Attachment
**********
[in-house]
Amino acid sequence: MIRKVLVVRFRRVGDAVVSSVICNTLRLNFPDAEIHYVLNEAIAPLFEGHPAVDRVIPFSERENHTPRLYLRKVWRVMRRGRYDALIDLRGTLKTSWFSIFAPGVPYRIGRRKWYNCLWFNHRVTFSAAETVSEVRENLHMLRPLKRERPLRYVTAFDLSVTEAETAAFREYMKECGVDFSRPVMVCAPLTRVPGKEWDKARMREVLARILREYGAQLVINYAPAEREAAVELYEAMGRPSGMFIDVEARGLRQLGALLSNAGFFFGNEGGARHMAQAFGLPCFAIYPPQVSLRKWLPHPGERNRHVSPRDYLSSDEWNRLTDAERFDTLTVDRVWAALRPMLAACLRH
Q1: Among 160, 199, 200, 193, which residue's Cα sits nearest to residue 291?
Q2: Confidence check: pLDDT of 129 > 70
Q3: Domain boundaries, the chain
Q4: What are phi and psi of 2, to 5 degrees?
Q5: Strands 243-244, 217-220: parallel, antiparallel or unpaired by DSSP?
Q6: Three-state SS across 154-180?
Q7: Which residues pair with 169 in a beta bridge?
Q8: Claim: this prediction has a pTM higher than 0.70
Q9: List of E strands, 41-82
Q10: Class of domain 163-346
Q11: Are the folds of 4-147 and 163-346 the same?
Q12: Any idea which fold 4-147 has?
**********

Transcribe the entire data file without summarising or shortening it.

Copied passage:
[in-house]
Amino acid sequence: MIRKVLVVRFRRVGDAVVSSVICNTLRLNFPDAEIHYVLNEAIAPLFEGHPAVDRVIPFSERENHTPRLYLRKVWRVMRRGRYDALIDLRGTLKTSWFSIFAPGVPYRIGRRKWYNCLWFNHRVTFSAAETVSEVRENLHMLRPLKRERPLRYVTAFDLSVTEAETAAFREYMKECGVDFSRPVMVCAPLTRVPGKEWDKARMREVLARILREYGAQLVINYAPAEREAAVELYEAMGRPSGMFIDVEARGLRQLGALLSNAGFFFGNEGGARHMAQAFGLPCFAIYPPQVSLRKWLPHPGERNRHVSPRDYLSSDEWNRLTDAERFDTLTVDRVWAALRPMLAACLRH
Q1: Among 160, 199, 200, 193, which residue's Cα sits nearest to residue 291?
Q2: Confidence check: pLDDT of 129 > 70
Q3: Domain boundaries, the chain
Q4: What are phi and psi of 2, to 5 degrees?
Q5: Strands 243-244, 217-220: parallel, antiparallel or unpaired by DSSP?
Q6: Three-state SS across 154-180?
Q7: Which residues pair with 169 in a beta bridge?
Q8: Claim: this prediction has a pTM higher than 0.70
Q9: List of E strands, 41-82
Q10: Class of domain 163-346
Q11: Are the folds of 4-147 and 163-346 the same?
Q12: Any idea which fold 4-147 has?